The movie has tried to update Uncle Ban and Aunt May, perhaps following the Ultimate Spiderman comic pattern.  The original Spiderman's Aunt and Uncle were members of the Greatest Generation, people who lived through the Depression, served, and made lives for themselves as best they could.  That would be far, far too old for any movie now, so they updated them a bit, which is completely understandable, only now what you get is people from the sixties.  Thus, this movie did not contain the creed of Spiderman: With Great Power Comes Great Responsibility.  How could it? How could such words come from the mouths of members of the generation that fled responsibility more than any other in human history, using psychology to blame their parents for their own faults, but using genetics to exonerate themselves of any responsibility in the problems of their children?  The closest the movie comes to that mantra is when Ben tells Peter that if he has the chance to do good, he has the responsibility to do it.    Doesn't have the same ring.  Coming from that generation, "do good" may mean making a sign and marching in protest.  That'll show them.  So Aunt May and Uncle Ben are quite different than the books or previous movie.  I'll reserve judgement on this one for now.

The movie also introduces Peter's parents, only to get rid of them quickly.  The makers of the movie seem to want to do something with them in a later movie.  This is most likely a mistake.  Peter's past, how he was orphaned, or from whom he was cloned- seriously, that was a storyline- has only been invoked in the very worst Spiderman stories.  Stan Lee never mentioned what happened to Peter's parents.  He seemed to think it was irrelevant.  Peter was an orphan to make him more awkward, more of an outcast, and more sympathetic to the reader.  In the old comic books, Peter had no scene wherein he sat down with his aunt and Uncle and asked them about his parents.  The implication was that he either knew already (which is what I believed) or didn't care.  I believe they are best left dead, but I am willing to wait and see where this goes before pronouncing judgement.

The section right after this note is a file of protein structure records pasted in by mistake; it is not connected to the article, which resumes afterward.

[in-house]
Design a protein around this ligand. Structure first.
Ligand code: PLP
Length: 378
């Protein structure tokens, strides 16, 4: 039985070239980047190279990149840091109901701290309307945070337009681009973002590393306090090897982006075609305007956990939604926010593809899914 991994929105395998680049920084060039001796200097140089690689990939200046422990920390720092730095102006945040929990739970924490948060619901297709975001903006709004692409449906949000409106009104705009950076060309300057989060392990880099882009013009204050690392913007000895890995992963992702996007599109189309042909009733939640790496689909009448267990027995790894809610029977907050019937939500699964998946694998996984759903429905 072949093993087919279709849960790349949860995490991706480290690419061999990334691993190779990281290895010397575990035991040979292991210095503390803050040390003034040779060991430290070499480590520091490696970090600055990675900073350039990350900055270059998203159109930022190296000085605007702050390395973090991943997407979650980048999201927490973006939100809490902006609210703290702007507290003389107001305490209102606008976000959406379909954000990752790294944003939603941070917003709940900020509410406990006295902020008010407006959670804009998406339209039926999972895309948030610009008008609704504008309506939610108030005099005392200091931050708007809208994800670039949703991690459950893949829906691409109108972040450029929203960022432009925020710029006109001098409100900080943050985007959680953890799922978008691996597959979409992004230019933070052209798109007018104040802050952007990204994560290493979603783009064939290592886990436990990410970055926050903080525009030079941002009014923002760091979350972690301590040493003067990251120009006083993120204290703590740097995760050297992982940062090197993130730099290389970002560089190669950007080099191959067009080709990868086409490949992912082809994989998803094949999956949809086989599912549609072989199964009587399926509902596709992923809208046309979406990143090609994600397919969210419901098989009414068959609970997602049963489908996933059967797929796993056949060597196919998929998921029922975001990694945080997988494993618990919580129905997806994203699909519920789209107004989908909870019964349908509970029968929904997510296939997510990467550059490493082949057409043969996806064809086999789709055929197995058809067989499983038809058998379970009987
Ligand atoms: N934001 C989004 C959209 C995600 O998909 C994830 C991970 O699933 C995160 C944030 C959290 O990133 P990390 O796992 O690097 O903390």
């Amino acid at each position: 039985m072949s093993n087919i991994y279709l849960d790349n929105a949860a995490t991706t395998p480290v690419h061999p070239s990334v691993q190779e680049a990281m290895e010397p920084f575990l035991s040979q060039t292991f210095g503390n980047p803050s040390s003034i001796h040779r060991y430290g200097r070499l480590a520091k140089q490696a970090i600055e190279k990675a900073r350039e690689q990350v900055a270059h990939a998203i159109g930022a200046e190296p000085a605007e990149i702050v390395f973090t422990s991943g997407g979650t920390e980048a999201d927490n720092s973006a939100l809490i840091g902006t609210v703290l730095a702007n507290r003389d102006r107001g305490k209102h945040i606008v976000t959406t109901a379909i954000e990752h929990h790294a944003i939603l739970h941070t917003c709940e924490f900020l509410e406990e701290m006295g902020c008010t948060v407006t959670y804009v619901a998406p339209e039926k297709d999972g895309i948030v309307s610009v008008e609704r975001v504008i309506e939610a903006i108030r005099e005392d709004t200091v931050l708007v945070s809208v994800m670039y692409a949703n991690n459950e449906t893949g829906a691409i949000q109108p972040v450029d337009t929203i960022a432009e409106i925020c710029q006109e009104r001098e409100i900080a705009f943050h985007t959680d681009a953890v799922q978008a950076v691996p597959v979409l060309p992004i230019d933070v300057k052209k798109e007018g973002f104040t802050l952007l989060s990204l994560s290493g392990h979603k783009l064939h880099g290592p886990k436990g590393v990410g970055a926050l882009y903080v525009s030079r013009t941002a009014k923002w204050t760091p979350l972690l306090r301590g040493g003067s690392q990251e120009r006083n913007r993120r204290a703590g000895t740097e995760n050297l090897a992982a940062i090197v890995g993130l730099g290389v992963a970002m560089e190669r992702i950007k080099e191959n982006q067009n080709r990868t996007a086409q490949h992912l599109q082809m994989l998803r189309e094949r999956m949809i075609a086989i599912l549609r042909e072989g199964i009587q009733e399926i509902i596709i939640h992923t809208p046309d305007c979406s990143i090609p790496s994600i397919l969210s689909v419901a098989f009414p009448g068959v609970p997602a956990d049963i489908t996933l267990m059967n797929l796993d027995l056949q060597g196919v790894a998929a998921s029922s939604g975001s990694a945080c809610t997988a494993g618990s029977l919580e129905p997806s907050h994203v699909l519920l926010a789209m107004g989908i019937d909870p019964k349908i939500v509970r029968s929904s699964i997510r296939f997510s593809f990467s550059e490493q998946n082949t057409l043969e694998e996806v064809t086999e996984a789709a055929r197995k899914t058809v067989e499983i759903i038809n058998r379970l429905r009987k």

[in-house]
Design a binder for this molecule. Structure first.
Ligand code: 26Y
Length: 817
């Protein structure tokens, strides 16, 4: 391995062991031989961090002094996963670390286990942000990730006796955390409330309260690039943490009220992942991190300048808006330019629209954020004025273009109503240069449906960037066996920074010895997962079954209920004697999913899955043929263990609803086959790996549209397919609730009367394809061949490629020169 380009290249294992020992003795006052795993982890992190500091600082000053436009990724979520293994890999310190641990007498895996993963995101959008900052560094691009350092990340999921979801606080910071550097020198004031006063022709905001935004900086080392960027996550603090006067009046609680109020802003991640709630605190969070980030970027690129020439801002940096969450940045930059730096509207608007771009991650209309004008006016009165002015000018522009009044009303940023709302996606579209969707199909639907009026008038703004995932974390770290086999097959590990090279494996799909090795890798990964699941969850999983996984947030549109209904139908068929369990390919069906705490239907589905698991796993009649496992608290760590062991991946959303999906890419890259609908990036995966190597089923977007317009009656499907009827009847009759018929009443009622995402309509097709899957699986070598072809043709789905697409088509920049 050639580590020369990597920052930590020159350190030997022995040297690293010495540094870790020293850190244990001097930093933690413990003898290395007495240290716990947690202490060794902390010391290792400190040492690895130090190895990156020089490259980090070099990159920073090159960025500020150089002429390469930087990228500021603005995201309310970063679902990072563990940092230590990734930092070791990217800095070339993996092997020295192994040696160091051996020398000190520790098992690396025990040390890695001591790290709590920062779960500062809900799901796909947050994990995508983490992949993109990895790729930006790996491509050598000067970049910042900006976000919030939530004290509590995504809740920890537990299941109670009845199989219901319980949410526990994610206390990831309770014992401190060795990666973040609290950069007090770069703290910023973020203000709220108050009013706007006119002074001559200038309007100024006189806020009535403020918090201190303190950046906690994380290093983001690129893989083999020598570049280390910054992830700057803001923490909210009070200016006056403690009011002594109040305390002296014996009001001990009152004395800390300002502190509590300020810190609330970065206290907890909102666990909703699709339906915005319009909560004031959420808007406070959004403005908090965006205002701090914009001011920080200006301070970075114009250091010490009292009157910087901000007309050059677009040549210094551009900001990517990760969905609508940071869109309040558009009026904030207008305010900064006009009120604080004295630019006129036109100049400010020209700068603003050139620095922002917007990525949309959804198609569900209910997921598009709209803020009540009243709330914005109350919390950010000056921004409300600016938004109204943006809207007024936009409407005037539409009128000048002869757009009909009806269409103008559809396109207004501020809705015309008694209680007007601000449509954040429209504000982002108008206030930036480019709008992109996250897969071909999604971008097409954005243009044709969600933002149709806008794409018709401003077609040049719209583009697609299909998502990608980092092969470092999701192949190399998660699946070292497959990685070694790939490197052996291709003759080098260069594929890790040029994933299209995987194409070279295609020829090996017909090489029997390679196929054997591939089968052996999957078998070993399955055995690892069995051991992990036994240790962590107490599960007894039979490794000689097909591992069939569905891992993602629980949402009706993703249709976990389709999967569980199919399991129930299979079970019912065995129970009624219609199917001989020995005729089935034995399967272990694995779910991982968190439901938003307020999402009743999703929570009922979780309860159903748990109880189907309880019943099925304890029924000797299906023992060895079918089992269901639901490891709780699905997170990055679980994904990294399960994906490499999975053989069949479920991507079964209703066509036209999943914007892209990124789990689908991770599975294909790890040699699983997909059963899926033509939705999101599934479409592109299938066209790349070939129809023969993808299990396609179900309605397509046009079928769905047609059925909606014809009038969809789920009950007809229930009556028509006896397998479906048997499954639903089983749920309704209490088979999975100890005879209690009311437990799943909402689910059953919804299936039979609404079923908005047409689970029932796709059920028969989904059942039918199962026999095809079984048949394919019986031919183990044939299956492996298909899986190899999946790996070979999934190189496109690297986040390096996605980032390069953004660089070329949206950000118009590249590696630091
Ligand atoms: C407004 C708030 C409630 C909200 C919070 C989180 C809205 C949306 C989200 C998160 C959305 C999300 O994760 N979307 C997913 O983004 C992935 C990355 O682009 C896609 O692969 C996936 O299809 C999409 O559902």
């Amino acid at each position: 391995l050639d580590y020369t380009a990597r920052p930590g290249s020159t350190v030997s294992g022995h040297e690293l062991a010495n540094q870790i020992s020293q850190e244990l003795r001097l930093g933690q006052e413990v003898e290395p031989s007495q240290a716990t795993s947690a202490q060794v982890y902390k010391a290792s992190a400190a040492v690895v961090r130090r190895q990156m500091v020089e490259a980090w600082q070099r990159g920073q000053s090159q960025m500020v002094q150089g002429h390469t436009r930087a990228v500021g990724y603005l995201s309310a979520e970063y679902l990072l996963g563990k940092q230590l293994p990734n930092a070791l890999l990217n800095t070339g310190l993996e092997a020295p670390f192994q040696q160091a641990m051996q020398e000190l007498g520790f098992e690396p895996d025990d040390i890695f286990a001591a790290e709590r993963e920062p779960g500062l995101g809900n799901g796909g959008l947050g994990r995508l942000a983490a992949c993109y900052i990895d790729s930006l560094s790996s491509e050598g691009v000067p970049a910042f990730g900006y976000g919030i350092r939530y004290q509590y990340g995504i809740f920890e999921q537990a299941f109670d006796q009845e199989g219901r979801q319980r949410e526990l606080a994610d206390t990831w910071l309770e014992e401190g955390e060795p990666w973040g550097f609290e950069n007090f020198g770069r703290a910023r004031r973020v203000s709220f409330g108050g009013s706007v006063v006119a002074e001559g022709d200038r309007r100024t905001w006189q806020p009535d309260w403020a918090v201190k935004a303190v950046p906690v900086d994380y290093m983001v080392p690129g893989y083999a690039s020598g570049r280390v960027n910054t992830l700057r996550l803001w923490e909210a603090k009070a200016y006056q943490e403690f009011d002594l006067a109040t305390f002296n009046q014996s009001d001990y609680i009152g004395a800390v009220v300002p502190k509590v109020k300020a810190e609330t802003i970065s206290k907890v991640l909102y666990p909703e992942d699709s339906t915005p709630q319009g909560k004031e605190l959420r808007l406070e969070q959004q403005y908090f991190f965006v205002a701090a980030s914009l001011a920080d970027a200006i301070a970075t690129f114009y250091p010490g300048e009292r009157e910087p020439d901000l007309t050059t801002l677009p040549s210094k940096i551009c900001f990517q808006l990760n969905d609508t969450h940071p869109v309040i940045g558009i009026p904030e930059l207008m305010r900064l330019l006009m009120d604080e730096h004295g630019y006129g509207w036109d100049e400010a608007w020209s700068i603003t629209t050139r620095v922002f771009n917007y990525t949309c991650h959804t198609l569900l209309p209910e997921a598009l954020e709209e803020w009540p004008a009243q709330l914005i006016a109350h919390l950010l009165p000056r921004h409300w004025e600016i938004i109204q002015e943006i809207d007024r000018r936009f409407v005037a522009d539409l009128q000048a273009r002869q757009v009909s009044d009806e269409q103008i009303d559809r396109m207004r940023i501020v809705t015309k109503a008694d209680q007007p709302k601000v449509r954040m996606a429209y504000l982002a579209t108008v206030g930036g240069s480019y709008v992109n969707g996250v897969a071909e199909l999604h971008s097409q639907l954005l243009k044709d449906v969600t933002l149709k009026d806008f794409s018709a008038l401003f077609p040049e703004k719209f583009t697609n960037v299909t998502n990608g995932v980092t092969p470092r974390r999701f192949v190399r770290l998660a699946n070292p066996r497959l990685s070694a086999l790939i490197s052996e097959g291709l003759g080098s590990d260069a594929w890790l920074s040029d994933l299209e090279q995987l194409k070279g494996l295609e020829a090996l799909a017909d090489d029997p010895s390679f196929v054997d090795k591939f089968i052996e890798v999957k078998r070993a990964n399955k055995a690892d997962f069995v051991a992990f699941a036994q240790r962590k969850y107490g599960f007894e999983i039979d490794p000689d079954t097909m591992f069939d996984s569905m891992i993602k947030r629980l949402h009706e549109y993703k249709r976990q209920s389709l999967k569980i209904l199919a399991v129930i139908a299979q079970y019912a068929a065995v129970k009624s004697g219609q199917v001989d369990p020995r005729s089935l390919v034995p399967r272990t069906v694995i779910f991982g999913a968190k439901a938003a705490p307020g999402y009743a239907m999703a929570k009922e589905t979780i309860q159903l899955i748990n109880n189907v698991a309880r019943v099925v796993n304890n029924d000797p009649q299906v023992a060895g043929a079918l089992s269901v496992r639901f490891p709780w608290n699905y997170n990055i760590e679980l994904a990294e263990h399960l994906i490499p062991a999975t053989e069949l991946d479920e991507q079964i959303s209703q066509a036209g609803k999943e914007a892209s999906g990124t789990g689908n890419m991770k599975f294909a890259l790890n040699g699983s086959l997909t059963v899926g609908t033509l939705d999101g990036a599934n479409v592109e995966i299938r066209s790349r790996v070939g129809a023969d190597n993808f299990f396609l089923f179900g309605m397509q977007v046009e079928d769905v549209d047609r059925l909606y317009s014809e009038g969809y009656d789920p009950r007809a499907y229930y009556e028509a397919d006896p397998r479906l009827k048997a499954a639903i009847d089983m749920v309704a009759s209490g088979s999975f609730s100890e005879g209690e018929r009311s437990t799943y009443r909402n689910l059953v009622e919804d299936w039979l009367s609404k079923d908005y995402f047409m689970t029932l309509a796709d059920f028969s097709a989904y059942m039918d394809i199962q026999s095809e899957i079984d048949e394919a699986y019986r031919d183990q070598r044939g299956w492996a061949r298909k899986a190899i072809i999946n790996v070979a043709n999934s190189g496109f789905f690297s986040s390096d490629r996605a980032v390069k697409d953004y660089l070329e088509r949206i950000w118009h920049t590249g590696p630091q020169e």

There are several noticeable elements missing from this movie.  Mary Jane is not in it.  J. Jonah Jameson is also absent, and the movie suffers.  He was one of the best characters in the book.  Filling in the kind of role played by triple J is Dennis Leary as Gwen's father, the chief of police.  Unfortunately, I personally dislike Leary, and every time I saw him I thought "Leary, UGH!" Also missing is the explanation of his Spider Powers.  He is bit by a spider in a lab.  It is later revealed that his father bred the spiders.  It is not said why they would confer powers upon Peter, nor why, in the last fifteen years or so, no one else was accidentally bitten and given way cool spider powers.

Perhaps that was due to the "double mumbo jumbo" rule of sci fi writing.  The reader of a science fiction work will swallow exactly one lie, or so we are told.  That lie, in this case, is that someone like Spiderman could exist.  After that lie is swallowed, a certain kind of realism takes over: given that someone like this does exist, would they act this way? is how they are portrayed and what they are doing realistic?   In double mumbo jumbo, we are given two lies to swallow.  For example, in the earlier Spiderman incarnation, We are given an explanation for Peter's powers, then another, different explanation for Green Goblins- hence, double the  mumbo jumbo.  The third movie, the worst of the three, ups the ante by giving an explanation for the new Green Goblin's Powers, (same way the original got his, but only it doesn't drive Harry insane, but no reason is given for that) then the Sandman's, then Venom's. Double, no, triple mumbo jumbo.  The second movie, easily the best of the three, takes Spiderman's powers, and the lie that made them, as already established, and concentrates solely on how Doctor Octopus comes into being, and what comes from that.  Simple, and better.

This movie skips over Peter's powers, and concentrates on the Lizard's creation.  Fine, in that the movie thereby avoids double mumbo jumbo, except it leaves a huge gaping hole.  The movie is retelling the origin of Spiderman, but without telling us the actual origin of Spiderman.  Perhaps we will learn more in the next movie, but that will be in addition to telling the origin of that movie's villain. In other words, double mumbo jumbo. 

All this and more is wrong with these movies, And yet, I did enjoy the movies. Funny, no?